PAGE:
of deep-cycle battery capacity for the on-board power supply.
Valve-Regulated Lead-Acid Batteries
Today, most batteries that are sold are so called "sealed" or "maintenance-free"
This types of battery is also known as Valve-Regulated Lead-Acid Battery (VRLA),
which includes a recombination feature and valve regulating mechanism
to allow for a safe internal disposal or escape of hydrogen and oxygen gasses
produced while charging the battery.
The name "valve regulated" is misleading. These batteries are rather
"recombinant" batteries: the oxygen evolved at the positive plates will
largely recombine to water with the hydrogen ready to evolve on the negative plates,
This way loss of water from the electrolyte is largely prevented.
The pressure relief valve is strictly a safety feature that allows for safe
dispersal of any excess hydrogen that may be formed during overcharge.
Valve-Regulated Lead-Acid batteries can be divided by the way they are built
More specific by the way the electrolyte is made available to the battery plates:
Wet-Cell (Flooded): this is the traditional style battery.
The liquid electrolyte is free to move in the cell compartment.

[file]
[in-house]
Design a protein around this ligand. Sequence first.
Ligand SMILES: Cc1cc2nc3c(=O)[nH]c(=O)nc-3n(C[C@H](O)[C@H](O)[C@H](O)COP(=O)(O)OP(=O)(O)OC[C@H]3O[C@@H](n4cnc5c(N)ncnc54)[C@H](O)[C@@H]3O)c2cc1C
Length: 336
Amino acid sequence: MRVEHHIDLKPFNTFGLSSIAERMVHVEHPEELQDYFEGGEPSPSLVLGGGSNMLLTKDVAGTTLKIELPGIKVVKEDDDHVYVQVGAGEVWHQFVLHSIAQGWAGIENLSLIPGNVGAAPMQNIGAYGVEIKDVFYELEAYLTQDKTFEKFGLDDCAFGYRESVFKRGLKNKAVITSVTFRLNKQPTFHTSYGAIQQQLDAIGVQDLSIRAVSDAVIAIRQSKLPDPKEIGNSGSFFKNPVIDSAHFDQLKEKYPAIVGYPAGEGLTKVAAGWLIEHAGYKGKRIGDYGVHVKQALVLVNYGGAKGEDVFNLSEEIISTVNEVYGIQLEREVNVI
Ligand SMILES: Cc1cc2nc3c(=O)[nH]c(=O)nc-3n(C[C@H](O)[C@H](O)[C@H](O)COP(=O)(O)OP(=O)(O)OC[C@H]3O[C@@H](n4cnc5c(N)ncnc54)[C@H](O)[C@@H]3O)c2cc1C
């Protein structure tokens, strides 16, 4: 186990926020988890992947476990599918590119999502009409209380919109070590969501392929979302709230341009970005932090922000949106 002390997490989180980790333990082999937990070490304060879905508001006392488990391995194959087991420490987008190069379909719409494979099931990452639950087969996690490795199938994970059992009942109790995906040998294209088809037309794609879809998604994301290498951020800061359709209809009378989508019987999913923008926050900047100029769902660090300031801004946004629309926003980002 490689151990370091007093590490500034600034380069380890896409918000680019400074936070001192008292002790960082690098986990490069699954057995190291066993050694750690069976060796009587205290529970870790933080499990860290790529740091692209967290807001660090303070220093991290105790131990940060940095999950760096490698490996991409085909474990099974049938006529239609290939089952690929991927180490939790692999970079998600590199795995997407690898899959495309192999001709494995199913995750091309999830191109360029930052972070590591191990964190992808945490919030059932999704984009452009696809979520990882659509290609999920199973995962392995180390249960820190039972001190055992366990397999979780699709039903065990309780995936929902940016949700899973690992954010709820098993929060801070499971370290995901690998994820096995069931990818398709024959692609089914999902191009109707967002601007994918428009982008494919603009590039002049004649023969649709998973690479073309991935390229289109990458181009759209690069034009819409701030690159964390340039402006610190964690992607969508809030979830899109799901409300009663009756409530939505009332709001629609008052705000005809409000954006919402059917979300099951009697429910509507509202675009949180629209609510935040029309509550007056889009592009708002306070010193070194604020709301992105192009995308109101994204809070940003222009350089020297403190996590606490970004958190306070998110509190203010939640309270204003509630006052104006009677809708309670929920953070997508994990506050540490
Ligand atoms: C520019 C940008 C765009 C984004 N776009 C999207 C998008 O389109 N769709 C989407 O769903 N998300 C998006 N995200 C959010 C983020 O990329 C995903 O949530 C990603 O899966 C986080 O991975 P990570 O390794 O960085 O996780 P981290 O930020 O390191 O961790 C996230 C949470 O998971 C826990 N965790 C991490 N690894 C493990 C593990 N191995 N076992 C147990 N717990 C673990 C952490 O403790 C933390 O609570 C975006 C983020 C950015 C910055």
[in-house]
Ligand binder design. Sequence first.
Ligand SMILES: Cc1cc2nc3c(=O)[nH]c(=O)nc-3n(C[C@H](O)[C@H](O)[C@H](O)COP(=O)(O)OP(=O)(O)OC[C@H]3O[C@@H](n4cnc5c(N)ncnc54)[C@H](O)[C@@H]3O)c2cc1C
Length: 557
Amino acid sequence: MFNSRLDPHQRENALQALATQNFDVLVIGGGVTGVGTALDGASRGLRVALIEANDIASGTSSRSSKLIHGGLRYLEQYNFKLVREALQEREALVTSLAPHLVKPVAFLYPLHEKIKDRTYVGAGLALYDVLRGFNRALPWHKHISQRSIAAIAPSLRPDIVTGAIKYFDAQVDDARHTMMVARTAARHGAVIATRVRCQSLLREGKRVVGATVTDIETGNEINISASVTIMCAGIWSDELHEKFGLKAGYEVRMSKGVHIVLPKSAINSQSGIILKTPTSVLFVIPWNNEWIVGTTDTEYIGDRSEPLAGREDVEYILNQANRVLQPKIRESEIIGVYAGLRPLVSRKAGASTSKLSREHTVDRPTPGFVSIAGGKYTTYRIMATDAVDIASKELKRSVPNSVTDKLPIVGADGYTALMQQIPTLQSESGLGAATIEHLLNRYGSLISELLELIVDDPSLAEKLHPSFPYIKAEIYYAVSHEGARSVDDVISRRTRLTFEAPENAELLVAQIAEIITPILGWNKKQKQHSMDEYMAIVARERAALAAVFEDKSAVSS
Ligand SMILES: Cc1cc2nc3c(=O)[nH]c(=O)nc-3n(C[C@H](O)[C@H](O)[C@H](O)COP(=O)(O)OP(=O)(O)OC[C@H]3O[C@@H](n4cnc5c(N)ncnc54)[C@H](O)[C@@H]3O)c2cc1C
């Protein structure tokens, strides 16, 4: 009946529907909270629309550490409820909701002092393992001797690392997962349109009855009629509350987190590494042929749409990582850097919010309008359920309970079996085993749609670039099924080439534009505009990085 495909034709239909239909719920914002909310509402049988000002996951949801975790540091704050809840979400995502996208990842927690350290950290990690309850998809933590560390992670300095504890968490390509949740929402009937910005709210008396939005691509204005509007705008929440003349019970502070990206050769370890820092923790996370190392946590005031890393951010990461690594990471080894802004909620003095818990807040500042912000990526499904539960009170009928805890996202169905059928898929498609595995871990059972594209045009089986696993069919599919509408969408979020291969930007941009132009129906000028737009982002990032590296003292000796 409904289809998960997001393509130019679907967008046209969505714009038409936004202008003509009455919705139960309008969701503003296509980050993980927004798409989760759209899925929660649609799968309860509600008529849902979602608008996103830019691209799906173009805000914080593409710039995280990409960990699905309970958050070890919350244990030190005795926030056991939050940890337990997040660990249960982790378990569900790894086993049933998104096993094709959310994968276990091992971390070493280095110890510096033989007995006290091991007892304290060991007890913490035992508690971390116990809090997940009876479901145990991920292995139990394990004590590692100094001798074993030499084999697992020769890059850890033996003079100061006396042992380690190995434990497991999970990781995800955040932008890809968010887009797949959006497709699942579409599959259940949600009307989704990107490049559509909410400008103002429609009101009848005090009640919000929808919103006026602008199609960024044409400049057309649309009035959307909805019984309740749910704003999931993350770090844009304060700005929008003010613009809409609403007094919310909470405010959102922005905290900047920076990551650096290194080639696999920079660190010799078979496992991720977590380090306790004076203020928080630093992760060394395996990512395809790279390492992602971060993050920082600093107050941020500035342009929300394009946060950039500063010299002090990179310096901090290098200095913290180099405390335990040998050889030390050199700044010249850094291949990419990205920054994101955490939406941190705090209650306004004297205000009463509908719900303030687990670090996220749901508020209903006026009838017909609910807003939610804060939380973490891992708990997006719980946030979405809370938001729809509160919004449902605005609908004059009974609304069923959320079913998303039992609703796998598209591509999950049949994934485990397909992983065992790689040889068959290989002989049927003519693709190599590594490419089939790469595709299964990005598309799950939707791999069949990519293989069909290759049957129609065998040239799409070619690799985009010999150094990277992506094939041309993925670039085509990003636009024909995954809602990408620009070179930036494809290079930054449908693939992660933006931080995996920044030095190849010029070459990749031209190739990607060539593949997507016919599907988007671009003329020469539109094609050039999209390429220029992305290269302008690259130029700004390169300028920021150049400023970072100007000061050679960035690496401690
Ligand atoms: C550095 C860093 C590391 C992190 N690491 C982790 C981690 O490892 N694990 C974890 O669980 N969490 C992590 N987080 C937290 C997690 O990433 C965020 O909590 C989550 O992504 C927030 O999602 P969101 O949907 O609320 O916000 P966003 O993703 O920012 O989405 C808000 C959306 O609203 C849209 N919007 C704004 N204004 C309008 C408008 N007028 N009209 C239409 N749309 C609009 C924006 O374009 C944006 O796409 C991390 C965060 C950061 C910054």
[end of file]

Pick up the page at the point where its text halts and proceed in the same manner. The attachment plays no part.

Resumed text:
These batteries are very sensitive to their operating environment.
Both high and low temperatures will substantially decrease the battery
performance. Despite the drawbacks of flooded cell batteries, they
still offer the best price to capacity ratio.
Flooded cell battery comes in 2 ways: serviceable and maintenance
free. With the serviceable battery, the user has access to the individual
cells to check the electrolyte and to add (distilled) water as the battery
dries out. Maintenance free or "sealed" batteries have an excess amount
of electrolyte in the battery to sustain the chemical reaction under normal
use throughout the battery warranty period.
Gel-Cell: in this realization, the electrolyte is embedded in a
gel-like substrate. The gel is a mixture of sulphuric acid
H2SO4, water and
SiO2). Gel-cell batteries can be operated
"upside-down" and at lower temperatures compared to wet-cell batteries.